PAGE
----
France: A wave of strikes and demonstrations

Fuel shortages, long queues and incidents at service stations, Macron’s intimation of oil refinery workers in struggle, the social cauldron in France accumulates pressure. In addition to the conflict there are, among other protests, a mobilization this Sunday, October 16 against expensive life and a national march with a strike by the railway workers on Tuesday 18, both in Paris. It’s the class struggle, they say…

Pablo Vasco

The climate of strikes is spreading across the country like an oil spill. Several thousand refinery workers from Exxon Mobil (Esso) and TotalEnergies have been on strike for a wage increase for more than three weeks and for two weeks respectively. President Emmanuel Macron accused them of depriving supplies and taking the population “hostage,” while his prime minister Élisabeth Borne launched a direct attack on Tuesday the 11th against the constitutional right to strike: she initiated the intimation procedure to force workers to reestablish a minimum service and thus unblock the operation of the Exxon deposits of Fos-sur-Mer and Notre-Dame-de-Gravenchon.

The government is sending notices to other refineries. In case of refusal to comply, workers are exposed to a prison sentence of six months and a fine of 10,000 euros. At the time of closing this article, a partial release has been agreed in Fos-sur-Mer but the Notre-Dame-de-Gravenchon depot remains blocked. By the way, if the conflict worsens, the government is considering resorting to police repression.

Faced with the workers’ demand, which is not for one-time bonuses but for a 10% wage increase, since annual inflation is expected to be around that figure, the employers of the multinational Total offer no more than a meager 6%. The CFDT and CGC unions, opposed to the strike, agreed to an average 7% raise for 2023 and a premium, while the CGT has not accepted so far. Total obtained 13,600 million euros of net profits last year, another more than 10,000 million in the first half of this year “thanks” to the war in Ukraine, and is preparing to transfer 2,600 million to its shareholders. Last year, Patrick Pouyanné, its president-general manager (PDG), increased his salary by 52%. Such a privilege caused so much indignation that legislator Patrick Vignal (Renaissance, Macronist) accused him of “taking the political class for idiots” and legislator Hadrien Clouet (NUPES, reformist) said that “he is the only person in the country who should be intimated.”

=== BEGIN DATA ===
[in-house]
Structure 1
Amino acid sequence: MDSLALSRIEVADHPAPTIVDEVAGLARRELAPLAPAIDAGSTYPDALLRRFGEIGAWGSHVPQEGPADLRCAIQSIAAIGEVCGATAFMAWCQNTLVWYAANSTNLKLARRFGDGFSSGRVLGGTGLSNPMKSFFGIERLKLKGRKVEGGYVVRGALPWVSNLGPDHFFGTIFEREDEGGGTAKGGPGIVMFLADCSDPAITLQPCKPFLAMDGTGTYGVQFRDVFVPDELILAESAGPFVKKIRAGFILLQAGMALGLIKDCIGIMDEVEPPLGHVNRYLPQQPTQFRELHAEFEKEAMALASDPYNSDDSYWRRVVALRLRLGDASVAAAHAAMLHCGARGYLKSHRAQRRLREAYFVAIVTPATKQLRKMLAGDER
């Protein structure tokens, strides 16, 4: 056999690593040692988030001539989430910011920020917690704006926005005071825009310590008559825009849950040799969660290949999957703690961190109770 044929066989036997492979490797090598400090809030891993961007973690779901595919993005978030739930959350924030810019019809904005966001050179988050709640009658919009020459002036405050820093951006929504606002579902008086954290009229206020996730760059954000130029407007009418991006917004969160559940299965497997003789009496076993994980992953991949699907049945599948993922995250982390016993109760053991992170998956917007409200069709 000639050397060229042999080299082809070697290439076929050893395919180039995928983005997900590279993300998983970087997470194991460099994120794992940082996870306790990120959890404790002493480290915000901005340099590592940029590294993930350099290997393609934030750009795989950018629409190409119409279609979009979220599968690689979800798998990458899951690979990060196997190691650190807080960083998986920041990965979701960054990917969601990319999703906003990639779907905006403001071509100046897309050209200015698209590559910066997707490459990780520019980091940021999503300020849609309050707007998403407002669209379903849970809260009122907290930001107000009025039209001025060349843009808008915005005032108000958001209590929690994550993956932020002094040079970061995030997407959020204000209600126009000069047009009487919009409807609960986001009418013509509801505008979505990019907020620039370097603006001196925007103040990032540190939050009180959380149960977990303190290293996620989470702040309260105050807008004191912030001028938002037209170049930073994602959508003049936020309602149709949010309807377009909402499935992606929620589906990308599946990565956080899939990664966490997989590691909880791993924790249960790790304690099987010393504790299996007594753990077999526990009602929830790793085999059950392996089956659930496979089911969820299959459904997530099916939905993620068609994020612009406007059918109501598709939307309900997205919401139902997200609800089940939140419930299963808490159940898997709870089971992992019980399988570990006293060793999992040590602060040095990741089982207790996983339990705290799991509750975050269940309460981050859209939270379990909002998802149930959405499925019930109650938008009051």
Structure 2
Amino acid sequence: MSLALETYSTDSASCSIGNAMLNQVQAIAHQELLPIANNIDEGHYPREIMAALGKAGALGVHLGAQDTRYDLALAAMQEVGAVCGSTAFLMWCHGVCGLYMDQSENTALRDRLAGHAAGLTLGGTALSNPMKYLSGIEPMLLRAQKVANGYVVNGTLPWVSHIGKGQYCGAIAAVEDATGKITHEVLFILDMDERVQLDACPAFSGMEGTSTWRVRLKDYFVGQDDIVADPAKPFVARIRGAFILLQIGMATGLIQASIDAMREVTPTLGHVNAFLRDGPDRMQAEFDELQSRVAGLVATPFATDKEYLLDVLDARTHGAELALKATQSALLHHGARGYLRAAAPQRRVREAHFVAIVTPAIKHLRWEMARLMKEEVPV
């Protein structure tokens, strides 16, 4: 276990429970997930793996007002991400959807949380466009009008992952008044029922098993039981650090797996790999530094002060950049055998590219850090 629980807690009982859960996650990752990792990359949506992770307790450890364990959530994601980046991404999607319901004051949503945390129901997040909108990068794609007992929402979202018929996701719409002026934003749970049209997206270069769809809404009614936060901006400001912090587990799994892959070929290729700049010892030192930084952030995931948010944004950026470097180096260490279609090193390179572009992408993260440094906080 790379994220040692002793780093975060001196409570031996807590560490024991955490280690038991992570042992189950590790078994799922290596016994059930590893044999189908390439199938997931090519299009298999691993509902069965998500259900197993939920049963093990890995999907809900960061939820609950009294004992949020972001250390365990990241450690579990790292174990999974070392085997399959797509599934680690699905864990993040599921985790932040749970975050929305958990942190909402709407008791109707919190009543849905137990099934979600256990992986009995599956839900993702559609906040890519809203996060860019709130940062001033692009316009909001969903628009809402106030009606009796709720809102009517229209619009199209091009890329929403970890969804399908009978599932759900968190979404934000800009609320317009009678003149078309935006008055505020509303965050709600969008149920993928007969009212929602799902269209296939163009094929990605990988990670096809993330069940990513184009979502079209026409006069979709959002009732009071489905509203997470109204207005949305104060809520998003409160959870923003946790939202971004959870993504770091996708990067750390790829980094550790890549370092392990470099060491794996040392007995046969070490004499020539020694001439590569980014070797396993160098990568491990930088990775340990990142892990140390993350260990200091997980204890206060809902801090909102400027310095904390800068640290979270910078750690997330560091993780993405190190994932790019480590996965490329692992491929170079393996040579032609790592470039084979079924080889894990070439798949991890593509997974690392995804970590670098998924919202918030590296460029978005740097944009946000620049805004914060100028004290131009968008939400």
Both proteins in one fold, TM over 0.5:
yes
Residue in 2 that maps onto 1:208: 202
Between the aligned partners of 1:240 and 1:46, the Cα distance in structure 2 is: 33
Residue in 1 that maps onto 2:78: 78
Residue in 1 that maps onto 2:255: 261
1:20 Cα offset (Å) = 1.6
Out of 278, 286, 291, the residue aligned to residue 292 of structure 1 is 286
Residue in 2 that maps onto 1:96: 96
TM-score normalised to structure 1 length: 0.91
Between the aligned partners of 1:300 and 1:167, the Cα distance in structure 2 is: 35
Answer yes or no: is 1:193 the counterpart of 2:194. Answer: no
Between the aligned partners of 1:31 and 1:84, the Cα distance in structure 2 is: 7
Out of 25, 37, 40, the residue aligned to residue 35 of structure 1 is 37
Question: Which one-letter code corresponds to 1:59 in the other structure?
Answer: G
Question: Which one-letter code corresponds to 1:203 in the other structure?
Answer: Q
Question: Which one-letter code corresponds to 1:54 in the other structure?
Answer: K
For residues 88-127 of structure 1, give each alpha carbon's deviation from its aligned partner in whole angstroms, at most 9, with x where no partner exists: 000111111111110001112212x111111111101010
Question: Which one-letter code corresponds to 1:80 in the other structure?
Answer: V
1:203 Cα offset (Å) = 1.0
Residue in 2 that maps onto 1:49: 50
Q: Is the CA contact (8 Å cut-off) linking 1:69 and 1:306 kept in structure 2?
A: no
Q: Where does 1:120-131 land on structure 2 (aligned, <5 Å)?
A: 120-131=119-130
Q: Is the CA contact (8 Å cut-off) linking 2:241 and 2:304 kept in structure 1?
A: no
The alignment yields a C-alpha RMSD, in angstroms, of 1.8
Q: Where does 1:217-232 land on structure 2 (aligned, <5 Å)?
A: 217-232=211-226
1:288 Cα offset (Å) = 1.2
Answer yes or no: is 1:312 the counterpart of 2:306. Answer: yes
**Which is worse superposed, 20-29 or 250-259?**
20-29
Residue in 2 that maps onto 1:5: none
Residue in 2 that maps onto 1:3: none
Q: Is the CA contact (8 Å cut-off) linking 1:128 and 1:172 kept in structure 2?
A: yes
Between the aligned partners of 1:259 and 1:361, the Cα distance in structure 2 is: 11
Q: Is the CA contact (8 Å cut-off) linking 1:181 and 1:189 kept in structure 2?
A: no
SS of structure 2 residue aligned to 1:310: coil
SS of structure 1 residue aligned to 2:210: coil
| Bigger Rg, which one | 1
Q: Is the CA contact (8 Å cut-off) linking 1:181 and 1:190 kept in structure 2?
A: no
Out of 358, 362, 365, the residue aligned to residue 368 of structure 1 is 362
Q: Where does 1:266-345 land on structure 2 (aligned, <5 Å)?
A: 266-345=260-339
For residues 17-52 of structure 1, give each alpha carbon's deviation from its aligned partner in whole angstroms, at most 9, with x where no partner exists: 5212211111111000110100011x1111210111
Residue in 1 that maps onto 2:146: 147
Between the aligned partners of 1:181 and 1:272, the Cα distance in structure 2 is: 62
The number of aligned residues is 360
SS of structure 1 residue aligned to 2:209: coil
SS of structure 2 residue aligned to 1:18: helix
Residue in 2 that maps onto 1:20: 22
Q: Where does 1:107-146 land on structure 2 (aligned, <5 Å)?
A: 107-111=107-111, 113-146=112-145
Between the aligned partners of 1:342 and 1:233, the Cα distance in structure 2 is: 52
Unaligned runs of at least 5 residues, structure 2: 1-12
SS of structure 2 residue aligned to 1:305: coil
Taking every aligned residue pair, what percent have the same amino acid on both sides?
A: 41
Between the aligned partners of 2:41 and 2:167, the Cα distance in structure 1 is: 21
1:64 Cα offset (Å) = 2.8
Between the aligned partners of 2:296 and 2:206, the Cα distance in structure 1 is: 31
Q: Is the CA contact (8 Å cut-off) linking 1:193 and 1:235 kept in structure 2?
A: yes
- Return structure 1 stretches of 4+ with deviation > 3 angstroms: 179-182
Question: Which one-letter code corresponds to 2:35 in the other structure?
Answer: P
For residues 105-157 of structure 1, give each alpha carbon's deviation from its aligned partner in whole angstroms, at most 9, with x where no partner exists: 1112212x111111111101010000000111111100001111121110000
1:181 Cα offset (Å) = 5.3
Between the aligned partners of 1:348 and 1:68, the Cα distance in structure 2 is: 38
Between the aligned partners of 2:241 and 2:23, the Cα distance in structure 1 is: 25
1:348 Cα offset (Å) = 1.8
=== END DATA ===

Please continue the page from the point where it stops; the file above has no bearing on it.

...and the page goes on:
The government’s threats fail to intimidate the strikers, but instead generate signs of solidarity from other union sectors. Numerous unions have announced that they will go on strike if sanctions are applied, such as the CGT Federation of Mines and Energy and its chemical counterpart. And the employees of the Argedis service stations, a subsidiary of the Total Group, have joined the strike since Tuesday the 11th.

Likewise, this Sunday the 16th, the LFI-NUPES led by Mélenchon calls for a demonstration “against expensive life and climate inaction,” whose demands are: an increase in wages and social assistance, taxes on super-profits, no increase in the retirement age, youth autonomy subsidy, freezing of electricity rates and massive investments in energy and ecological measures. However, it is not an anti-capitalist program at heart, they are just emergency demands. The problem is that NUPES focuses on electoral and parliamentary action instead of promoting a real plan of struggle together with militant unions and social movements. For example, on the tax on superprofits, they propose to call a referendum, whose approval procedures in Parliament, regulation and subsequent call could take almost two years… until the next elections.

In turn, in the nuclear energy sector -which in France provides more than 70% of total energy- there were also partial stoppages in Gravelines, the country’s main plant, and in other plants. And organized with important rank-and-file assemblies in railway and bus stations and depots in Paris and other cities, the strike on Tuesday the 18th for a wage increase could become a national day of action for wages and in repudiation of the injunctions against the oil companies. On the same 18th, there will be a strike and march to the Ministry of Education of the teachers of the professional (technical) schools, against the government reform that seeks to subordinate them to the interests of the capitalist market.

Already the national day of strikes and marches on September 29, though partial, showed in the streets the strong will of the working class, youth and people’s struggle. In the midst of growing social conflict, unfortunately the main Trotskyist parties are at the rear of the situation. Lutte Ouvrière speaks of “a situation of regression and growth of the extreme right,” while the NPA in its December congress intends to expel militant internal tendencies and its spokesman Philippe Poutou proposes that the party be the “combat” wing of the institutionalist left of LFI-NUPES. In this context, the ISL and our militants in France maintain that the regrouping of the consistent forces of the extreme left in the same political space, based on a revolutionary socialist program of rupture with capitalism, is the challenge that remains open.